It is NOT true, as some on the right here have claimed, that the French "non" vote was simply more than half the French people getting fed up and voting for Bush and America ? acknowledging WE are the only superpower, and it is futile and silly to try to form a rival power, and that WE are superior, WE saved their sorry asses in two world wars, and the only thing to do was give it all up and bow down before US, worshipfully.

No. Somehow I think the issues were more local. And Chirac has lost his charm, whatever charm he had.

Ah but there is this -
The only child of a well-to-do businessman, Chirac apparently had a lively youth. He was expelled from school for shooting paper wads at a teacher. He also sold the Communist daily "L'Humanite" on the streets for a brief time, and even worked as a soda jerk at a Howard Johnson's restaurant in the United States, where he reportedly earned a certificate of merit for his outstanding banana splits.
Good to know. That was in 1953 when he was at Harvard (more here). A long time ago.

Now?

No charm.

This from Andy Borowitz (and our columnist Bob Patterson told me to add a "humor warning label" here as some might think this is a real news story) ?

June 12, 2005
ANGRY CHIRAC AGREES WITH BUSH THAT THE FRENCH SUCK
Rare Accord for Two Heads of State
Angered that the French people voted down the European Union's constitution two weeks ago, French President Jacques Chirac announced today that he agreed with President Bush that the French suck.

For the French president, the public acknowledgment that the French suck marked a reversal of his position and a stunning break with centuries-old tradition.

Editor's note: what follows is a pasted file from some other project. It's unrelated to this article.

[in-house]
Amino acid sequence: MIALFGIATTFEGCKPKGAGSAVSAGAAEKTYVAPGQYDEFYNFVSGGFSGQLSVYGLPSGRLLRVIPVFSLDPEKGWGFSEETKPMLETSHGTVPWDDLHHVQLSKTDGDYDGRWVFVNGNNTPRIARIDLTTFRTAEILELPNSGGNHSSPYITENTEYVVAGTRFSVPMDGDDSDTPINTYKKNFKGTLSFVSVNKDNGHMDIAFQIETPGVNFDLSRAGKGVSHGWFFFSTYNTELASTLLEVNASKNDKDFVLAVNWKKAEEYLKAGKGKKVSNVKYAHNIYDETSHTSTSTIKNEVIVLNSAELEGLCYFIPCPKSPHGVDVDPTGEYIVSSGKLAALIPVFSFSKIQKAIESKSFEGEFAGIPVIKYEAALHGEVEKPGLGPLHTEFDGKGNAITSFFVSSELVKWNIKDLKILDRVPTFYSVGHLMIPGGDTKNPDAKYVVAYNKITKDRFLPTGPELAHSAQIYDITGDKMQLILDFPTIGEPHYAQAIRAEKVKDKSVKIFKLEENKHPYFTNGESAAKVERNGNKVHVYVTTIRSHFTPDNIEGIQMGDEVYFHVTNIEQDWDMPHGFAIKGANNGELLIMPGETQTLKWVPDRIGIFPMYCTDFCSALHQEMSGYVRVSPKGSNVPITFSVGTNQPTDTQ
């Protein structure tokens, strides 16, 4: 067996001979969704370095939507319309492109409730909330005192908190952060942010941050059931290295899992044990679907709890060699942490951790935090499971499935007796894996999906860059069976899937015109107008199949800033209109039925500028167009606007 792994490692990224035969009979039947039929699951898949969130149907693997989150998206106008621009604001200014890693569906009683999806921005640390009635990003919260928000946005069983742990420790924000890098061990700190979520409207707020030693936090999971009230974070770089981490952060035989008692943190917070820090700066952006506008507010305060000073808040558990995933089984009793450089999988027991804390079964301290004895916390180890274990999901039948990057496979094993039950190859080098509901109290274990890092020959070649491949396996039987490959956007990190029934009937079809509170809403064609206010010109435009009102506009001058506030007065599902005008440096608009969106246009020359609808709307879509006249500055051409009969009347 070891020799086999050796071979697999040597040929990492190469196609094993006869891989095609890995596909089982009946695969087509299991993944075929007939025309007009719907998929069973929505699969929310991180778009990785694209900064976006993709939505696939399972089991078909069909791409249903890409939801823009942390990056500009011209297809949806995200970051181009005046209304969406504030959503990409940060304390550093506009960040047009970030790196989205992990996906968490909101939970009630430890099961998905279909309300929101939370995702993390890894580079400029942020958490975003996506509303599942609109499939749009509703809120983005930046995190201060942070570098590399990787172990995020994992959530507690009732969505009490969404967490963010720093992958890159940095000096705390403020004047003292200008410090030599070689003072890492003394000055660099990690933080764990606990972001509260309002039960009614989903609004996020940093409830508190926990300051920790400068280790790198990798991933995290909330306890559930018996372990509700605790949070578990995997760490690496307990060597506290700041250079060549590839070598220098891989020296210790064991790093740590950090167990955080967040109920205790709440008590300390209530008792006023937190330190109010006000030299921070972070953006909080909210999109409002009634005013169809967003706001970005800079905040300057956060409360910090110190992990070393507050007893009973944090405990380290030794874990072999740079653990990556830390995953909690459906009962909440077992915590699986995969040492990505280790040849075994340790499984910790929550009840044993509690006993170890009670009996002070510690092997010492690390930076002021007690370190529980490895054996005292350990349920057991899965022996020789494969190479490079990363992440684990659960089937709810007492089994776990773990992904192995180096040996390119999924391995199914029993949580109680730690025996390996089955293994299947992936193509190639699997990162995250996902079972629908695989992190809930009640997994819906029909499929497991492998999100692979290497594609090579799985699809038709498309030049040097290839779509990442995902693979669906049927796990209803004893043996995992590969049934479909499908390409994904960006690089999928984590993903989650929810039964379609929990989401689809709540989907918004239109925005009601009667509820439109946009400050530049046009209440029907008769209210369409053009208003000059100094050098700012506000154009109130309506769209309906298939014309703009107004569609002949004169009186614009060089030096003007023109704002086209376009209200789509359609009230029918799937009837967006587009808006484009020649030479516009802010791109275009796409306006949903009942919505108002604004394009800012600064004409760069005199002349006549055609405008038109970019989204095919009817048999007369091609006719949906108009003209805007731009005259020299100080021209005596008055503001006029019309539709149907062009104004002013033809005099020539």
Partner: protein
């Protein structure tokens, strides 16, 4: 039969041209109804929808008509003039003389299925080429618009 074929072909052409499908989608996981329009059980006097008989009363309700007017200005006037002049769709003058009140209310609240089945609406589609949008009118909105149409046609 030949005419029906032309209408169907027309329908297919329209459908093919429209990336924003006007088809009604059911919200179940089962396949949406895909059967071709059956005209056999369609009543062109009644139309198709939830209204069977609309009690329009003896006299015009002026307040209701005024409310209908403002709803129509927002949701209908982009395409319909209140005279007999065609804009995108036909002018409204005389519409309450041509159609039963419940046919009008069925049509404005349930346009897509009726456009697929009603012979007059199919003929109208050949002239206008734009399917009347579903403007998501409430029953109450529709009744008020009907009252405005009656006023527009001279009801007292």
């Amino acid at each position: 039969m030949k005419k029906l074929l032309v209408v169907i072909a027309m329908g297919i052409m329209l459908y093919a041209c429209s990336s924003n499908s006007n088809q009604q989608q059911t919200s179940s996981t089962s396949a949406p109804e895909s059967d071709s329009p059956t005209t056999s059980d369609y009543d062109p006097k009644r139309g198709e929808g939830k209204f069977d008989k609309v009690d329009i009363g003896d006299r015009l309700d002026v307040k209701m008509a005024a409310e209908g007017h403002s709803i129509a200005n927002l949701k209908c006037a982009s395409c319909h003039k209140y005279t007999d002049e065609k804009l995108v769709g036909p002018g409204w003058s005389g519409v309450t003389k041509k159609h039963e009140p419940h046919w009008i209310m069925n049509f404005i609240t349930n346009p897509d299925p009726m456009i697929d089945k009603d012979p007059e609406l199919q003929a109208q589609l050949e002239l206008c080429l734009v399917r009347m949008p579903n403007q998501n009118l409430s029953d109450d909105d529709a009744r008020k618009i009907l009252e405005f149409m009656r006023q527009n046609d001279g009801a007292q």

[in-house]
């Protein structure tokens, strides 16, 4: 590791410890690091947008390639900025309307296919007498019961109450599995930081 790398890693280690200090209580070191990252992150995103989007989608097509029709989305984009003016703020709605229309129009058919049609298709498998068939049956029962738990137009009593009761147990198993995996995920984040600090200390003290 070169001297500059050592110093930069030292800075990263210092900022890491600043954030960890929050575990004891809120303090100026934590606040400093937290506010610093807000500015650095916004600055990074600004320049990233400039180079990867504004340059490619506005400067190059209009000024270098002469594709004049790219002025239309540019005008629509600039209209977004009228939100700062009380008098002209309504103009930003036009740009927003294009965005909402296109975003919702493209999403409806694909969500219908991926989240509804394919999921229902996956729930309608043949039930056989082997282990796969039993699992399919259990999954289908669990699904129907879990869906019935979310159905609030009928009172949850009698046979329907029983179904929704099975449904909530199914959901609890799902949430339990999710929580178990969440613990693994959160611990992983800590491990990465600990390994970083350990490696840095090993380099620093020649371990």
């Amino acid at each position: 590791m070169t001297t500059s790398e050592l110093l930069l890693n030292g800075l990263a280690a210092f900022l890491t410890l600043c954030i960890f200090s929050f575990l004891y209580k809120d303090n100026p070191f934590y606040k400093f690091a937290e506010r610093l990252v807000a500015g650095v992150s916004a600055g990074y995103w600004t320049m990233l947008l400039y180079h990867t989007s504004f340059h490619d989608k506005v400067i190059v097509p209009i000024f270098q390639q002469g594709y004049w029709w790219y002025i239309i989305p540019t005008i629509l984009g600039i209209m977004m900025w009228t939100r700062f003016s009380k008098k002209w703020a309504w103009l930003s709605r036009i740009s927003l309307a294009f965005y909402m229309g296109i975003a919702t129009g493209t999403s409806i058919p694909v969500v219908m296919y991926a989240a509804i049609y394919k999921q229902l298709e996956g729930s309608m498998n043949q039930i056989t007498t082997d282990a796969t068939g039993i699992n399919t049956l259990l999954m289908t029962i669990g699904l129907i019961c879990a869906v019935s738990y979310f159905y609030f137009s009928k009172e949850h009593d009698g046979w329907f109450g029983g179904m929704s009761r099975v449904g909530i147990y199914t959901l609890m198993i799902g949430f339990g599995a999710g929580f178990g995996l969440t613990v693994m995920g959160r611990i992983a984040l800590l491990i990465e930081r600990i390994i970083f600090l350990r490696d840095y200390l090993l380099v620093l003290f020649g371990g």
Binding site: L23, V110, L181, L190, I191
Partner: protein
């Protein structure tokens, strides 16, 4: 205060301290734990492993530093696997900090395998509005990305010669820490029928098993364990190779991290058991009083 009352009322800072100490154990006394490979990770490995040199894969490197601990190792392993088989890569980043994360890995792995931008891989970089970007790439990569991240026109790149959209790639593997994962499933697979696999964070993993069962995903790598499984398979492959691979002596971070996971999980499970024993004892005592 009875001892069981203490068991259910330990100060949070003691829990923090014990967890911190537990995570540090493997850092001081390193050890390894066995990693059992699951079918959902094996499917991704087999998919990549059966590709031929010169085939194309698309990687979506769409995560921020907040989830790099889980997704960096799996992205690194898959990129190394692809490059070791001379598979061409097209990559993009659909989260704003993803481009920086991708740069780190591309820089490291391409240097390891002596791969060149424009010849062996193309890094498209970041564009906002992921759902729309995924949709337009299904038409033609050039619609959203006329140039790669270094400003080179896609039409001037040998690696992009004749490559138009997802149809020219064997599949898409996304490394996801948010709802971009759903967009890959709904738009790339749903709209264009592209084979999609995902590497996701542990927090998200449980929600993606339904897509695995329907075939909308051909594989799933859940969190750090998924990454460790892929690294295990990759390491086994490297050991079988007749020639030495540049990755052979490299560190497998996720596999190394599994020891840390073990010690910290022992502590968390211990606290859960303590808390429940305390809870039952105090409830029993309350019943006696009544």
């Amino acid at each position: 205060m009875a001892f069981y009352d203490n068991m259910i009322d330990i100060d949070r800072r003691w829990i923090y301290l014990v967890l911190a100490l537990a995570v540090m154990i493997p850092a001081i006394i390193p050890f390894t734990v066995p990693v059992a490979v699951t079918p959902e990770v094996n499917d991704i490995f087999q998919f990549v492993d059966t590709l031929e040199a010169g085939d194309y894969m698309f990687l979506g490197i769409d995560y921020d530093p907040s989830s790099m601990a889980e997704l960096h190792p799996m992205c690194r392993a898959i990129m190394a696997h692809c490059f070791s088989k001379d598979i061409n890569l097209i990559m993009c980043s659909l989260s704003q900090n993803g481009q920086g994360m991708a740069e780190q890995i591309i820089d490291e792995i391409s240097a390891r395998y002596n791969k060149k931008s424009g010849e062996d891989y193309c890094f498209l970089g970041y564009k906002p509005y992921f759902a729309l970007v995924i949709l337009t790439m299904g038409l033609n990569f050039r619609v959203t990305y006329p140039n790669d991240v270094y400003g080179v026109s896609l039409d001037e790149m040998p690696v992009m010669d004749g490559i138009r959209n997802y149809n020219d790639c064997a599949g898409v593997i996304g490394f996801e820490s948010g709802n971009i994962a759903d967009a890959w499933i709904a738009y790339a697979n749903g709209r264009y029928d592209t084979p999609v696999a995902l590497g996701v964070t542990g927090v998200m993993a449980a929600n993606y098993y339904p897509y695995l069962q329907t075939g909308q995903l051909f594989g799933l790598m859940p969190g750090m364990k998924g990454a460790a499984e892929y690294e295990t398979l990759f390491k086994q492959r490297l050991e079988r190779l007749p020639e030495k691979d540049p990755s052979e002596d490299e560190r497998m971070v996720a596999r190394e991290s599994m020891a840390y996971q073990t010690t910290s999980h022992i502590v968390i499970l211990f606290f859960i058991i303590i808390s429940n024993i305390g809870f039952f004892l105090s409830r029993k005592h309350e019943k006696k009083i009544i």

Mr. Chirac took the extraordinary step of flying to Washington to appear side-by-side with U.S. president to express their mutual distaste for the French.

In a Rose Garden ceremony, the French president told reporters, "For years, President Bush has been complaining about the French, and now, Sacre Bleu! I know what he's talking about," adding, "They are annoying."

In a joint communique, the two leaders said they would work together to ridicule the French people, with Mr. Chirac agreeing to import over one thousand anti-French jokes over the next twelve months.

In addition, the French president said he would propose legislation in France that would change the words "pommes frites" on all French restaurant menus to "Freedom Fries."

"Wait 'til those cheese-eating surrender-monkeys get a load of that!" Mr. Chirac said.

For President Bush, the French president's agreement that the French suck was sweet vindication, but Mr. Bush indicated that he was not about to rest on his laurels.

"I will not be satisfied until Gerhard Schroder admits that the Germans suck," Mr. Bush said. ?
Our Australian friend in Paris comments - "Well, is it better to suck - or be wanted dead or alive, as Bush once stated about nobody else in particular in the past?"

Anger there? Now that Michael Jackson is a free man, or free whatever (pixie?), there is much to think about.

Posted by Alan at 21:15 PDT | Post Comment | Permalink
Updated: Tuesday, 14 June 2005 08:35 PDT home